Blooming in the Desert: The Ghost Ranch Pilgrimage Experience

Blooming in the Desert: The Ghost Ranch Pilgrimage Experience

Kathleen Norris writes beautifully about life on the Great Plains in her book, Dakota.

I tucked that book in my carry-on bag as I set out on pilgrimage with a group of companions from Columbia and Pittsburgh Seminaries.

The 2016 journey to Ghost Ranch in northern New Mexico was part of a 13-day pilgrimage to the Desert Southwest and the capstone experience for my certificate in Spiritual Formation.


“Be in the desert, and let the desert bloom.”[1]


The landscape in New Mexico is strikingly different from my lush, green North Carolina home.

In the harsh terrain, I discovered the wisdom wrapped in Norris’ invitation. It provided a compass for me, inviting me daily, to sink into the rhythm of the desert-journey and to live fully awake.

I saw the blooming each morning as I looked out the large picture window in my bedroom at Casa del Sol.

Specks of green juniper and piñon trees were shooting up between cracks in the massive rock cliffs appropriately named, “Gateway to Heaven.

I heard it blooming in the intoxicating silence that filled the 21,000-acre ranch.

I felt it in the harshness of the red, orange, grey, purple, brown and charcoal-toned rocks. I smelled it in the dust-infused air.

I tasted it in the meals shared around the table with my fellow pilgrims.

What is it about a change of scenery that causes our senses to heighten?


“Be in the desert, and let the desert bloom.”


It’s easy to understand the attraction of the desert mothers and fathers to this geography.

It’s easy to capture Georgia O’Keefe’s passionate love for Ghost Ranch.

There’s a depth and richness to the gifts of creation in a place that has been undisturbed by human hands.

The night sky is simply indescribable!

Come here and you will sense the largeness of God.

Come here and you will discover the largeness of your own soul.


“Be in the desert, and let the desert bloom.”


While there was plenty to explore on our own accord, the journey was led by Wayne Mell, a gifted and compassionate guide for our pilgrimage.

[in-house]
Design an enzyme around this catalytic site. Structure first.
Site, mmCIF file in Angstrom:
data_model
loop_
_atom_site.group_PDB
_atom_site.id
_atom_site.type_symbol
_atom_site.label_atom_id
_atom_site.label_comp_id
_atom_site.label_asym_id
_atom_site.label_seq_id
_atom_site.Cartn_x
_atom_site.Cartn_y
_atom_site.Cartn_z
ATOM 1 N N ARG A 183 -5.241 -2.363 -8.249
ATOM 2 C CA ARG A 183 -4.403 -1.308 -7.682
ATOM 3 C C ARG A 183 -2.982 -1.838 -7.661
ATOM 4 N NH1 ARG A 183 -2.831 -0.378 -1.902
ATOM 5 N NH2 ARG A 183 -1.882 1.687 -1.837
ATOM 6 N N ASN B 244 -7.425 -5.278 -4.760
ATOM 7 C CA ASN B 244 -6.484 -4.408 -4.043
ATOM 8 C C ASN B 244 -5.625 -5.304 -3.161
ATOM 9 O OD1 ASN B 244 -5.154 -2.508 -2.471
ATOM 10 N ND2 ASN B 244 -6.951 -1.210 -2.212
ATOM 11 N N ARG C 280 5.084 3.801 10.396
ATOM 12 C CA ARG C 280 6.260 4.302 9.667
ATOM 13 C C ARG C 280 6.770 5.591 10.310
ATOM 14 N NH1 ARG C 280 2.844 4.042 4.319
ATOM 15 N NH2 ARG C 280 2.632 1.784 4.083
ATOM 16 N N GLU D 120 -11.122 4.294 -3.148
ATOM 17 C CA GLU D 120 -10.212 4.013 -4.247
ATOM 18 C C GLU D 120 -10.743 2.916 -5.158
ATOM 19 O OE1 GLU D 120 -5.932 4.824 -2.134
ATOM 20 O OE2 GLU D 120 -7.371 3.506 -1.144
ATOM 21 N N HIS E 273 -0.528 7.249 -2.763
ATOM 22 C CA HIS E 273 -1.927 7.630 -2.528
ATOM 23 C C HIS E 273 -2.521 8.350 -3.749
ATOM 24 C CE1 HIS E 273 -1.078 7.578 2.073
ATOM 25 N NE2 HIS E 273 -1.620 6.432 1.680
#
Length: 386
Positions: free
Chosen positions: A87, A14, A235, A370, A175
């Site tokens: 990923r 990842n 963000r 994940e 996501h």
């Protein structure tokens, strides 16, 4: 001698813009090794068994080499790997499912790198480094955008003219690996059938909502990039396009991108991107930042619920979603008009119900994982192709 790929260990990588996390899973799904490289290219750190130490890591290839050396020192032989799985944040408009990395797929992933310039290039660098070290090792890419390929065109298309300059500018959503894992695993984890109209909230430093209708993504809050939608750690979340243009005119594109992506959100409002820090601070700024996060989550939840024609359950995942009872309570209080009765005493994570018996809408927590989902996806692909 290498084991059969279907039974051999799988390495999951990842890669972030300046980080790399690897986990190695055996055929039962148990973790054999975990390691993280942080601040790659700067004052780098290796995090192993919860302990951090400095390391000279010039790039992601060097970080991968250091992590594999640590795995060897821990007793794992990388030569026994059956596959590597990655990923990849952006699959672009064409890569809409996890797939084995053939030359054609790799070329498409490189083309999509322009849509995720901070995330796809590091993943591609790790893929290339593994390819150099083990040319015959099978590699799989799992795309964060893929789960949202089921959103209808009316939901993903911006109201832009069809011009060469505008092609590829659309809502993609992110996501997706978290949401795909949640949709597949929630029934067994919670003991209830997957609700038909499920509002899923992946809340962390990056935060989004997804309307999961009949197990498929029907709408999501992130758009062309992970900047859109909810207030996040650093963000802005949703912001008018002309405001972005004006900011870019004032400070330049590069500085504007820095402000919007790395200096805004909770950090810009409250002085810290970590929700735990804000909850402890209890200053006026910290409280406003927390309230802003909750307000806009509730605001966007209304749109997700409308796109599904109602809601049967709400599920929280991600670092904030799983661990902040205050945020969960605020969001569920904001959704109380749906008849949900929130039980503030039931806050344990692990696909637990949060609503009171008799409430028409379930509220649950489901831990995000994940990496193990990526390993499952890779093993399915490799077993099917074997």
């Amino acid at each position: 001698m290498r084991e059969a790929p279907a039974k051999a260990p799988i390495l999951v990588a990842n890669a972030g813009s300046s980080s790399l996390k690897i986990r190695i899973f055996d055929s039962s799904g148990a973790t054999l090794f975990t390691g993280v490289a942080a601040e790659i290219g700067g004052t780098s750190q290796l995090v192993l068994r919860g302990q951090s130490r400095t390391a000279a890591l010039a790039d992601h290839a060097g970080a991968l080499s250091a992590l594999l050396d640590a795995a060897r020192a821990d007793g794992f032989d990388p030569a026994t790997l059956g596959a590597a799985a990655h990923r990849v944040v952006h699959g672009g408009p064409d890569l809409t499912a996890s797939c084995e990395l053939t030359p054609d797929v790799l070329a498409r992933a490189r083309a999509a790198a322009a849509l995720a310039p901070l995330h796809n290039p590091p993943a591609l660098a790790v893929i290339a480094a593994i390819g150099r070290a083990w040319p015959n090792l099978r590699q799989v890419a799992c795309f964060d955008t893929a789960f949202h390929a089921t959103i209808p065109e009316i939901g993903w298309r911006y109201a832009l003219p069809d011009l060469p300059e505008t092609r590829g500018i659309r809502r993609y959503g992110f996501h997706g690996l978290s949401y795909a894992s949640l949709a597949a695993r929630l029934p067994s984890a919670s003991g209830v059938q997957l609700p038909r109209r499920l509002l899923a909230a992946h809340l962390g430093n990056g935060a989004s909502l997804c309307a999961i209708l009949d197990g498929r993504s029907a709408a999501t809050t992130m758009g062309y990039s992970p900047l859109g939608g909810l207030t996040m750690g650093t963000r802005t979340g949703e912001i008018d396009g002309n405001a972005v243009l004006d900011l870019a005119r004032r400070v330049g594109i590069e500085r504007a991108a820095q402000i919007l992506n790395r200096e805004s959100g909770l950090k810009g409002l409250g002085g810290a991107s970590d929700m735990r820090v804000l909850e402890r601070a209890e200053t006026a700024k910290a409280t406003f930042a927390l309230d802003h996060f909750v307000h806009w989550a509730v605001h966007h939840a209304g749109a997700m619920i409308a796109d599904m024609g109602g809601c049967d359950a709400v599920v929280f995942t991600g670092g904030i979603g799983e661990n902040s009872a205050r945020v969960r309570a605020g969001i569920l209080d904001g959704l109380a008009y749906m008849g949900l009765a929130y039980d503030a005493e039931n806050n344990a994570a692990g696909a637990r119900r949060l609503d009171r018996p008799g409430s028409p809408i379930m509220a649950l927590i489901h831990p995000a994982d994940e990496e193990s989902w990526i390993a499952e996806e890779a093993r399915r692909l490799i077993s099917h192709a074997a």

A retired Presbyterian minister who served churches on the Navajo reservation and the Mexican border in Arizona, he is steeped in the history and stories of the desert southwest.

With opportunities to listen to the land and to those who make their home there, Mell helped to shape an experience filled with educational opportunities saturated with spiritual invitations – nudges to listen deeply to our own interior landscape.

“Fierce landscapes heal as well as mirror the brokenness we find within,”[2] Belden Lane reminds us in The Solace of Fierce Landscapes.

Lane cautions us that the inner journey is the most dangerous pilgrimage of all.

And, maybe that’s why so many of us simply choose not to do it.

Yet on this pilgrimage, I discovered a carefully tended space that drenched me in opportunities for rest, regeneration, exploration, stillness, play, and deep communion.

This geography and experience taught me the wisdom of being present in my own desert places and allowing them the time and space to do their transforming and healing work.


If you feel called to partake in a pilgrimage experience for spiritual growth and exploration, click here to learn more about the Desert Spiritualities of the Southwest Pilgrimage this fall.

Monica Citty Hix currently serves as Minister of Music at First Friends Meeting in Greensboro, NC. She is also the Founding Director of Inner Ground, a recently formed local non-profit whose mission is to nourish the human heart and spirit through contemplative practices and expressive arts.

Follow Inner Ground on Facebook and Instagram. Monica completed the Certificate in Spiritual Formation in 2017 and has served as facilitator for several class offerings in the spirituality program. She’s married to her college sweetheart, Phil, who shares her love of travel and dark chocolate. They recently welcomed the most exuberant Wheaten Terrier into their empty nest!



[1] Kathleen Norris, Dakota (New York: First Mariner Books, 2001), 22.

[2] Belden Lane, The Solace of of Fierce Landscapes (New York: Oxford University Press), 216.

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